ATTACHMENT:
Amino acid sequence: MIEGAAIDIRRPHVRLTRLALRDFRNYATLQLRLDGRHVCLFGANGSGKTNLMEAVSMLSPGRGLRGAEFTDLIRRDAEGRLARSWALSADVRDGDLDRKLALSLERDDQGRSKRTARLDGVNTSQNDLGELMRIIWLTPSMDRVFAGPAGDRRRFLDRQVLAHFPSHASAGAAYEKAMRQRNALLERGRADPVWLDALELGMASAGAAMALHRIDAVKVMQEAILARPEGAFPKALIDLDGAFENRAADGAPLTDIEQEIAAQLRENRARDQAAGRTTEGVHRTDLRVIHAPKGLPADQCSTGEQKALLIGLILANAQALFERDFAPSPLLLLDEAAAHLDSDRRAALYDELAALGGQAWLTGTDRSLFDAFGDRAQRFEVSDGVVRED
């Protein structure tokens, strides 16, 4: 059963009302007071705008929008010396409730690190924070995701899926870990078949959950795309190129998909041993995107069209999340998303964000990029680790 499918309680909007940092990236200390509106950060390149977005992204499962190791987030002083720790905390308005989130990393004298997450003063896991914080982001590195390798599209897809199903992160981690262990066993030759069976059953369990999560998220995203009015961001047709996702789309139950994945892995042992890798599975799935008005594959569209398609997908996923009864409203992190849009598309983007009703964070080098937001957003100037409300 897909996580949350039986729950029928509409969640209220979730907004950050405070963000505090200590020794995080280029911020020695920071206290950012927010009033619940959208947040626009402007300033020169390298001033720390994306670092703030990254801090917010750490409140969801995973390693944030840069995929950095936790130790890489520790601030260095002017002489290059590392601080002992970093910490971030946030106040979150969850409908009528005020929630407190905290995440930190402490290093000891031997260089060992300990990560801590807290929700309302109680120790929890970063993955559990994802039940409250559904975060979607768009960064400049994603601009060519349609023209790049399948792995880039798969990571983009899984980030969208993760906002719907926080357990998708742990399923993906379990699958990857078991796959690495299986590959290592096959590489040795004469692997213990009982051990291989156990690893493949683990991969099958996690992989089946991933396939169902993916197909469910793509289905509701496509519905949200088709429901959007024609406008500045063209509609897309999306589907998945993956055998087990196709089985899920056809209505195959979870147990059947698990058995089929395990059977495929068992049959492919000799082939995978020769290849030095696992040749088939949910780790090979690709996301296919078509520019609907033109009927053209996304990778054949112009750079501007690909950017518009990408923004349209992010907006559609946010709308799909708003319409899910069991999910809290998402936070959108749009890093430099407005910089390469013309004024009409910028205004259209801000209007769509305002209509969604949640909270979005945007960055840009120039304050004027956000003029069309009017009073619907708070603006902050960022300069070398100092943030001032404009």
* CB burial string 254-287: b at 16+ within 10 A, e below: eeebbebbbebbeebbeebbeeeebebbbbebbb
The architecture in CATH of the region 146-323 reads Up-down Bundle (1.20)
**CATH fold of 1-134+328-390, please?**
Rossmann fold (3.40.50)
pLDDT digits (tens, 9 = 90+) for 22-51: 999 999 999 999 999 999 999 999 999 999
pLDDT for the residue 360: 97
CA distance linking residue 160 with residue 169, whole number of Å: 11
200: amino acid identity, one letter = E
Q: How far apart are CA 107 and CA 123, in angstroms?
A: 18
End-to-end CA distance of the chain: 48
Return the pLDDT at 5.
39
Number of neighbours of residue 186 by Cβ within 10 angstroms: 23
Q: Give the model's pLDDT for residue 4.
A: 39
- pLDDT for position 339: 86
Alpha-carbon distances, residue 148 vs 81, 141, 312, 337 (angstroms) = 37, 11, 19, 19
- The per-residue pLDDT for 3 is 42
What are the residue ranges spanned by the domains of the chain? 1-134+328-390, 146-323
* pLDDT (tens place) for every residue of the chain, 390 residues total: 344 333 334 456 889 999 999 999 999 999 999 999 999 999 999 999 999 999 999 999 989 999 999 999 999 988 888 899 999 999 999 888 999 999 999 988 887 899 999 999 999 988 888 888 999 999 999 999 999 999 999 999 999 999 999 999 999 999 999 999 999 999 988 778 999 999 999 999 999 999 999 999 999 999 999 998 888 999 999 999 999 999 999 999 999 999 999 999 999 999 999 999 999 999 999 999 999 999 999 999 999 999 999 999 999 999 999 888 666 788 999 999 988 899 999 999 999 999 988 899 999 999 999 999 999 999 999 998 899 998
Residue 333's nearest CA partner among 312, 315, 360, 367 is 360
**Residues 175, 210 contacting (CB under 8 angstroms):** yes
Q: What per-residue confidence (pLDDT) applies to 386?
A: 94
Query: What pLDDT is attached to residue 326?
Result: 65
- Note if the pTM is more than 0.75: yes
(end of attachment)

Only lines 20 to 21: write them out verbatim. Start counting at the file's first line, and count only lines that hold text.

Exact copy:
Alpha-carbon distances, residue 148 vs 81, 141, 312, 337 (angstroms) = 37, 11, 19, 19
- The per-residue pLDDT for 3 is 42